Our diagnosis was clearly determined by the clinical findings and the raise of the compartment pressure of 54 mmHg. Normal values have been reported in 30–45 mmHg [13]. The early diagnosis and the immediate surgical procedure were critical for our good final outcome. Even though GCS is associated with as much as 50% of sciatic nerve impairment [3], our patient did not develop neurological complications. Fatal outcomes have been documented due to acute renal failure following rhabdomyolysis caused by gluteal muscle myonecrosis [4]. In this case we did have an elevated CPK value, but renal function remained normal. We report our experience in this rare case, hoping to create enough awareness for a possible complication in a very common procedure.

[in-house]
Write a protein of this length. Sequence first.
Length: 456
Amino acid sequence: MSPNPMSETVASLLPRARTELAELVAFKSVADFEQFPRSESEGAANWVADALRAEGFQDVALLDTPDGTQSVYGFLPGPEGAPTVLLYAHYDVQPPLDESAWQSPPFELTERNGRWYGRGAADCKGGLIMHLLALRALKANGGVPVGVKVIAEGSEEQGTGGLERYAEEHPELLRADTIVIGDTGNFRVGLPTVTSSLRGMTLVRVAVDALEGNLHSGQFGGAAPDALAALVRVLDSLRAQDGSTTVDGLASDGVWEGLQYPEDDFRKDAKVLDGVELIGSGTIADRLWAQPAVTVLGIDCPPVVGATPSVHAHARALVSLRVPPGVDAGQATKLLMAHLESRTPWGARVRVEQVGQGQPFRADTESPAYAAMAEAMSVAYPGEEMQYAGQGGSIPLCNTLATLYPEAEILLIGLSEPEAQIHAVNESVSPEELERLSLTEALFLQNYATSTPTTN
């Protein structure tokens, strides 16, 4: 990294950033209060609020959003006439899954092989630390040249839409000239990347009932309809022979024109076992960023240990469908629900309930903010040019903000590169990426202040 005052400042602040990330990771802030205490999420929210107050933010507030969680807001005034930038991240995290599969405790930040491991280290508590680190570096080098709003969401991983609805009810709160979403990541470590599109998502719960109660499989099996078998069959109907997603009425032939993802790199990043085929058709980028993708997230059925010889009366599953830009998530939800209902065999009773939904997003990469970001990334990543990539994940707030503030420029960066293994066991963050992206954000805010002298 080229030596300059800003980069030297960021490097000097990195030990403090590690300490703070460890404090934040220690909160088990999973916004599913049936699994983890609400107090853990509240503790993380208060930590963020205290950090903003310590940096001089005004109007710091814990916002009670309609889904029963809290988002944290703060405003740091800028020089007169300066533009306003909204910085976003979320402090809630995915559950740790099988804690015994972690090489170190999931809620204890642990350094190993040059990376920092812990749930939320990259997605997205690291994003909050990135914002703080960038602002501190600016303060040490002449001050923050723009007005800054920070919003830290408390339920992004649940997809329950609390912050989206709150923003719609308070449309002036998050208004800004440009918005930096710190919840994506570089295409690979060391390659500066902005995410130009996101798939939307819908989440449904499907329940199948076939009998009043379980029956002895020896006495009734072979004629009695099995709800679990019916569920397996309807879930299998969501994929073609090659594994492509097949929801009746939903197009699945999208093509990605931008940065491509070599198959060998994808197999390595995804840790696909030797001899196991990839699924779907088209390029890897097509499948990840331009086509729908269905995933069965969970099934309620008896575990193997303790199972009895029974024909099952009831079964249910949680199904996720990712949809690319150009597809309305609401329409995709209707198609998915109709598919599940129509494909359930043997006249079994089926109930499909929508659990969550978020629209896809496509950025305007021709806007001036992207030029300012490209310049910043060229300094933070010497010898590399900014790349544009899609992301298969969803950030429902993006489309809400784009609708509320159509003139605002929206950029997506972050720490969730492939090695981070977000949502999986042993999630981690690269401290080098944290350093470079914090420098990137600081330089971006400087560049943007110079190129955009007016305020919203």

4. Conclusion

(i)Patients with clotting disorders, prophylactic antithrombotic medication, or myeloproliferative disorders should be considered at high risk for GCS.(ii)Iliac crest bone marrow aspiration or biopsy procedures may cause hemorrhagic or compartmental complications.(iii)Awareness is the key factor, not only in the medical but also in the nursing staff.(iv)An early diagnosis may prevent severe complications such as an irreversible loss of gluteal muscles, sciatic nerve impairment, or even fatal renal failure due to hemoglobinuria.(v)A fasciotomy is a relatively easy procedure that can solve this complication if it is performed on time. In later stages, the outcome might not be that favorable.